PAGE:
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Yost joins 6 other states in suing Biden administration's vaccine mandate for businesses

Yost said the states asked the U.S. Court of Appeals in the Sixth Circuit on Friday to stop the implementation of the vaccine mandate while the case is litigated.
Credit: AP Photo/Julie Carr Smyth, File
FILE - In this Feb. 20, 2020, file photo, Republican Ohio Attorney General Dave Yost speaks in Columbus, Ohio.

COLUMBUS, Ohio — Ohio Attorney General Dave Yost and six other attorneys general sued President Joe Biden's administration, saying the Occupational Safety and Health Administration (OSHA) does not have the authority to force millions of Americans working for private businesses to get vaccinated against COVID-19.

In a release, Yost said the states asked the U.S. Court of Appeals in the Sixth Circuit on Friday to stop the implementation of the vaccine mandate while the case is litigated.

The mandate took effect Thursday, which will require Americans who work for companies with 100 or more employees to be vaccinated by Jan. 4 or get tested weekly for COVID-19.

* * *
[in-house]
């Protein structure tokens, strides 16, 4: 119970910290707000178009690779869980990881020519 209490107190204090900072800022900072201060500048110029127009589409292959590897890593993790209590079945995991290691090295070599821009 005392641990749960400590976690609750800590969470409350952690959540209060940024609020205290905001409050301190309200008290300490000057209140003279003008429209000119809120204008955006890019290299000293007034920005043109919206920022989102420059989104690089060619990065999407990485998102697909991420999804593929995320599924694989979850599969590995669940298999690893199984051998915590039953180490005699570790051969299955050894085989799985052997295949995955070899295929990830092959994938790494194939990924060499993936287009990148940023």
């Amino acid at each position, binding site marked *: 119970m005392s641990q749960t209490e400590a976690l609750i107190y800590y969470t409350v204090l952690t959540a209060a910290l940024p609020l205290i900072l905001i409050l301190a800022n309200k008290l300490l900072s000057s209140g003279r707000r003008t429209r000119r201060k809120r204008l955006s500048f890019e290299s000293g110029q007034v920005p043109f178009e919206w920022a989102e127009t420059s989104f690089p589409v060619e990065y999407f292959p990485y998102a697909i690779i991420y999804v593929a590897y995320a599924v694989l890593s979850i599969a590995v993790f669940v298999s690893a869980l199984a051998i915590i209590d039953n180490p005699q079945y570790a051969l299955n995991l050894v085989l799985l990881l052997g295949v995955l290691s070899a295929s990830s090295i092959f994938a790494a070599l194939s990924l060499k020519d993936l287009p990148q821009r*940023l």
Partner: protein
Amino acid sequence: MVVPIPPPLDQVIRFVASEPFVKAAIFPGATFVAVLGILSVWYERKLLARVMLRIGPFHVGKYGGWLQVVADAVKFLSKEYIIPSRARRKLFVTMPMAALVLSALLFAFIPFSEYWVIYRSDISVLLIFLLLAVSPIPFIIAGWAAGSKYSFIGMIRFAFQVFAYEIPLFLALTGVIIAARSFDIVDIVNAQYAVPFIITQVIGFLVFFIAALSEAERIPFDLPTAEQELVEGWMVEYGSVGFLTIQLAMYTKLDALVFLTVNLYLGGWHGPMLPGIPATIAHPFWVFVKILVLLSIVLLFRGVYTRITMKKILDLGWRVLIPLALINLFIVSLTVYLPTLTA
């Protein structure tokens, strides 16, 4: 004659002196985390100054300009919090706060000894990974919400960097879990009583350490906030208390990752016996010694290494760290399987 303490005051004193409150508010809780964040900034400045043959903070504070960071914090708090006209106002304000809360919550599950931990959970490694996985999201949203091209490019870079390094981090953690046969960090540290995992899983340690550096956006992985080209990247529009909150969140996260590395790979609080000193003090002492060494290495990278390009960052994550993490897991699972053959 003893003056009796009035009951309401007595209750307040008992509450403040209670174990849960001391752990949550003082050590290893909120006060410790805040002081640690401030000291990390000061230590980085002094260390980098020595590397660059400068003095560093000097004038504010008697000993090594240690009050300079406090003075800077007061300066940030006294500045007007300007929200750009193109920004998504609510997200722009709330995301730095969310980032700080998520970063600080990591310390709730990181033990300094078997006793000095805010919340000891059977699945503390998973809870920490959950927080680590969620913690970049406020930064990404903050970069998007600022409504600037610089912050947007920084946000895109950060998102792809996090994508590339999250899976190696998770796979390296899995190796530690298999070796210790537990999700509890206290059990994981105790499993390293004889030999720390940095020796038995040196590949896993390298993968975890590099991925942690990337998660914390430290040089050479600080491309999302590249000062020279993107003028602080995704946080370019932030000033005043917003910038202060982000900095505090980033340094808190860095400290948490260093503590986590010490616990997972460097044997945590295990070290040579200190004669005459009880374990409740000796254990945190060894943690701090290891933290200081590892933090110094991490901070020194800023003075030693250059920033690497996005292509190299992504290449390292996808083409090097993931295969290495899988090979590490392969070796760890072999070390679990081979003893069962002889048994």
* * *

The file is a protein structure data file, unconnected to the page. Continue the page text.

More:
“A nationwide vaccine mandate that has nothing to do with workplace risk is a dangerous and unlawful use of executive power,” Yost said. “Congress has not given the president the power to make personal health-care decisions for all Americans who just so happen to work at a company with at least 100 employees.”

This is the second lawsuit Yost has filed against the Biden administration in relation to the vaccine mandate. Yost is directly challenging Biden's authority to issue the mandate whereas the second lawsuit is challenging OSHA.

RELATED: Yost files lawsuit challenging Biden's vaccine mandate for federal contractors

The attorneys argue that the power to issue emergency temporary standards was delegated to OSHA by Congress for the purpose of protecting employees from dangers posed by exposure to substances or harmful toxins encountered at work. That authority does not extend to risks that are just as likely to happen at home or a grocery store, according to the attorneys.

The coalition writes in the lawsuit that last year, “OSHA refused to issue a nationwide emergency temporary standard for COVID-19 because ‘COVID-19 is a community-wide hazard that is not unique to the workplace.’”

Idaho, Kansas, Kentucky, Oklahoma, Tennessee and West Virginia are also part of the lawsuit.

COVID-19 in Ohio: Recent Coverage ⬇️

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